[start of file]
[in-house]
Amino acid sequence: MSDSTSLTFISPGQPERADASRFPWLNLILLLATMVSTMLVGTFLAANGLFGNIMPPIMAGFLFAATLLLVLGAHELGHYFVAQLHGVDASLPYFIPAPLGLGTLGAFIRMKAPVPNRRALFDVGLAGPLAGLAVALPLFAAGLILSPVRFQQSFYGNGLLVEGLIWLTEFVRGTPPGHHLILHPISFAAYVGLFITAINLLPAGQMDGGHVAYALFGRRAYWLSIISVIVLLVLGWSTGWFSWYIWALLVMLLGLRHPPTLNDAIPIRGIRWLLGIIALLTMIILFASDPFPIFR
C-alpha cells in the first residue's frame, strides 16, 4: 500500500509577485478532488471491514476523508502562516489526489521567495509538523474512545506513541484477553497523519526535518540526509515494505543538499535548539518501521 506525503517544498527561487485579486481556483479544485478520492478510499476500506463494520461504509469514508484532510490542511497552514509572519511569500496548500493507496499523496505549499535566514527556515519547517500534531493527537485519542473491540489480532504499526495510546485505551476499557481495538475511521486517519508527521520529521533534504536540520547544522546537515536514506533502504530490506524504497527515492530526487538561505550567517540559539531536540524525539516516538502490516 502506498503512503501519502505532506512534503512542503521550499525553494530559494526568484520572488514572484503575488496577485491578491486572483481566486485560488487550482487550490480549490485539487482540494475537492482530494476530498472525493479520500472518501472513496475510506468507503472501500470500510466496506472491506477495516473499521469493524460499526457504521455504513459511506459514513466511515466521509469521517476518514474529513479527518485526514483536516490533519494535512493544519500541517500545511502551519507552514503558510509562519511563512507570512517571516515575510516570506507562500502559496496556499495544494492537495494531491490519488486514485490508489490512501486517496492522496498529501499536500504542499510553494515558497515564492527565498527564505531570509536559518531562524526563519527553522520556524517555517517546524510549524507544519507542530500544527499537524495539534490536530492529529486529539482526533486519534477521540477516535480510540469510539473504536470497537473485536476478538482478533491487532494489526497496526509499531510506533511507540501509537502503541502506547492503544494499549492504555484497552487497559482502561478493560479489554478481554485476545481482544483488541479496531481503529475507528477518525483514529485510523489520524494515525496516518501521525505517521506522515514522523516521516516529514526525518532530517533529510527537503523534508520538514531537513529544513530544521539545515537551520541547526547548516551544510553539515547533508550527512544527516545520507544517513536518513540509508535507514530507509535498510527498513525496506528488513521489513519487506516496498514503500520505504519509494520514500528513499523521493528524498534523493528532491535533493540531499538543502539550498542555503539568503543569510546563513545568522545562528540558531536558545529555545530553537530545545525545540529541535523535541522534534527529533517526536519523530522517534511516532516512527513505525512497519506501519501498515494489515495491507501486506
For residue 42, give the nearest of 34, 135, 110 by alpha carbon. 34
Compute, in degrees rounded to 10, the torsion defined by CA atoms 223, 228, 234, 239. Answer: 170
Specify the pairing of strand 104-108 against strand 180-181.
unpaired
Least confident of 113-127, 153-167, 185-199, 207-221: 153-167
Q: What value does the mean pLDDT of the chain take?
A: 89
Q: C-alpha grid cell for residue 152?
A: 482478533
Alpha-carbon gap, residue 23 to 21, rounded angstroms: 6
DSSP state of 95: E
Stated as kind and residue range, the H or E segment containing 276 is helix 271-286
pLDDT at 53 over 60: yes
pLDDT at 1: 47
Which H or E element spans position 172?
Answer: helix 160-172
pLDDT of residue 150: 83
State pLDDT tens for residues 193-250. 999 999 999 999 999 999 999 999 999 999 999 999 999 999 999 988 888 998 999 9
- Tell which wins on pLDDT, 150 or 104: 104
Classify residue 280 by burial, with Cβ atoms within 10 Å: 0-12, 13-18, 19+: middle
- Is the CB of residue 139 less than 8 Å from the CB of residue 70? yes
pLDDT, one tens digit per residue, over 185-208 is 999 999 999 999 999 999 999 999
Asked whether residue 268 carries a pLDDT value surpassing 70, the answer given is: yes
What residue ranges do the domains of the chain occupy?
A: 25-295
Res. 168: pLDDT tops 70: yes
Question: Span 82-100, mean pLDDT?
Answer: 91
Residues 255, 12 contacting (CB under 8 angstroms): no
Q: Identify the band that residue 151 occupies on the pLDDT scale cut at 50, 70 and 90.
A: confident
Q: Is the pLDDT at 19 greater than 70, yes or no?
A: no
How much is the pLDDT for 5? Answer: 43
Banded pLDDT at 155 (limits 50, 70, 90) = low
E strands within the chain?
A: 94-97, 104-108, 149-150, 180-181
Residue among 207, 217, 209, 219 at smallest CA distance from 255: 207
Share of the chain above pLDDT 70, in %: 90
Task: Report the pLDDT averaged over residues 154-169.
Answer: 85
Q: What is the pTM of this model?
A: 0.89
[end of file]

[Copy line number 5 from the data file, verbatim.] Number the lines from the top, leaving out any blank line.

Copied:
Compute, in degrees rounded to 10, the torsion defined by CA atoms 223, 228, 234, 239. Answer: 170